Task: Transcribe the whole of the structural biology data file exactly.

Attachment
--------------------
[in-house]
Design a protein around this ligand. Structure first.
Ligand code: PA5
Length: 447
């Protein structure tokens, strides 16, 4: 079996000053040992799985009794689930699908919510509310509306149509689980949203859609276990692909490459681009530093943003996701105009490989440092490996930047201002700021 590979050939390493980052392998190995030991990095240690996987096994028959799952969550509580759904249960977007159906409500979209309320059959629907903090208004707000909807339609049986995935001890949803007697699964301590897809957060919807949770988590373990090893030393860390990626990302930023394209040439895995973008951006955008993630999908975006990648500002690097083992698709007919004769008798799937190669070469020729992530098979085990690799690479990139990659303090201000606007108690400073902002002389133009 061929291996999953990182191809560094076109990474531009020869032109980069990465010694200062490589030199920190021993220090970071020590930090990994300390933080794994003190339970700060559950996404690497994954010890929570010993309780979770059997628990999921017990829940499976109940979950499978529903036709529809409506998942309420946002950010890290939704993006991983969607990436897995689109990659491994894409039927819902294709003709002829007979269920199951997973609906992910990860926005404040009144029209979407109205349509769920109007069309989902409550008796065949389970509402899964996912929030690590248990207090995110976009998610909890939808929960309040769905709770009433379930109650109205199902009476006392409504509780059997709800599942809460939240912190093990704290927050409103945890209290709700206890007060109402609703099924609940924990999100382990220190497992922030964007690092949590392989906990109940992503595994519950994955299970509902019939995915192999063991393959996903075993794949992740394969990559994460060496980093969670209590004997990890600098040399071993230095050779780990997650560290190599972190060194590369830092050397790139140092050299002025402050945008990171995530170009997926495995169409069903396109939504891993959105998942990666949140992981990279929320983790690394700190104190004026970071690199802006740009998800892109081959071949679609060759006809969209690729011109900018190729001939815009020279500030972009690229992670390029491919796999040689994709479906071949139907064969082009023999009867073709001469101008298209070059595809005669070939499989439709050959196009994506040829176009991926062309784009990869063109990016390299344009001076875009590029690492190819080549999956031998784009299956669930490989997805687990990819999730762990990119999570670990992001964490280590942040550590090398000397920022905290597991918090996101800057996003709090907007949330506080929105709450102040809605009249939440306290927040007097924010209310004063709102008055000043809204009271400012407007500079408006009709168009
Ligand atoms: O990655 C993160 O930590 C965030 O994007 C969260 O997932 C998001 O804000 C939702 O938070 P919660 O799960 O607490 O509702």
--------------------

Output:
[in-house]
Design a protein around this ligand. Structure first.
Ligand code: PA5
Length: 447
């Protein structure tokens, strides 16, 4: 079996000053040992799985009794689930699908919510509310509306149509689980949203859609276990692909490459681009530093943003996701105009490989440092490996930047201002700021 590979050939390493980052392998190995030991990095240690996987096994028959799952969550509580759904249960977007159906409500979209309320059959629907903090208004707000909807339609049986995935001890949803007697699964301590897809957060919807949770988590373990090893030393860390990626990302930023394209040439895995973008951006955008993630999908975006990648500002690097083992698709007919004769008798799937190669070469020729992530098979085990690799690479990139990659303090201000606007108690400073902002002389133009 061929291996999953990182191809560094076109990474531009020869032109980069990465010694200062490589030199920190021993220090970071020590930090990994300390933080794994003190339970700060559950996404690497994954010890929570010993309780979770059997628990999921017990829940499976109940979950499978529903036709529809409506998942309420946002950010890290939704993006991983969607990436897995689109990659491994894409039927819902294709003709002829007979269920199951997973609906992910990860926005404040009144029209979407109205349509769920109007069309989902409550008796065949389970509402899964996912929030690590248990207090995110976009998610909890939808929960309040769905709770009433379930109650109205199902009476006392409504509780059997709800599942809460939240912190093990704290927050409103945890209290709700206890007060109402609703099924609940924990999100382990220190497992922030964007690092949590392989906990109940992503595994519950994955299970509902019939995915192999063991393959996903075993794949992740394969990559994460060496980093969670209590004997990890600098040399071993230095050779780990997650560290190599972190060194590369830092050397790139140092050299002025402050945008990171995530170009997926495995169409069903396109939504891993959105998942990666949140992981990279929320983790690394700190104190004026970071690199802006740009998800892109081959071949679609060759006809969209690729011109900018190729001939815009020279500030972009690229992670390029491919796999040689994709479906071949139907064969082009023999009867073709001469101008298209070059595809005669070939499989439709050959196009994506040829176009991926062309784009990869063109990016390299344009001076875009590029690492190819080549999956031998784009299956669930490989997805687990990819999730762990990119999570670990992001964490280590942040550590090398000397920022905290597991918090996101800057996003709090907007949330506080929105709450102040809605009249939440306290927040007097924010209310004063709102008055000043809204009271400012407007500079408006009709168009
Ligand atoms: O990655 C993160 O930590 C965030 O994007 C969260 O997932 C998001 O804000 C939702 O938070 P919660 O799960 O607490 O509702």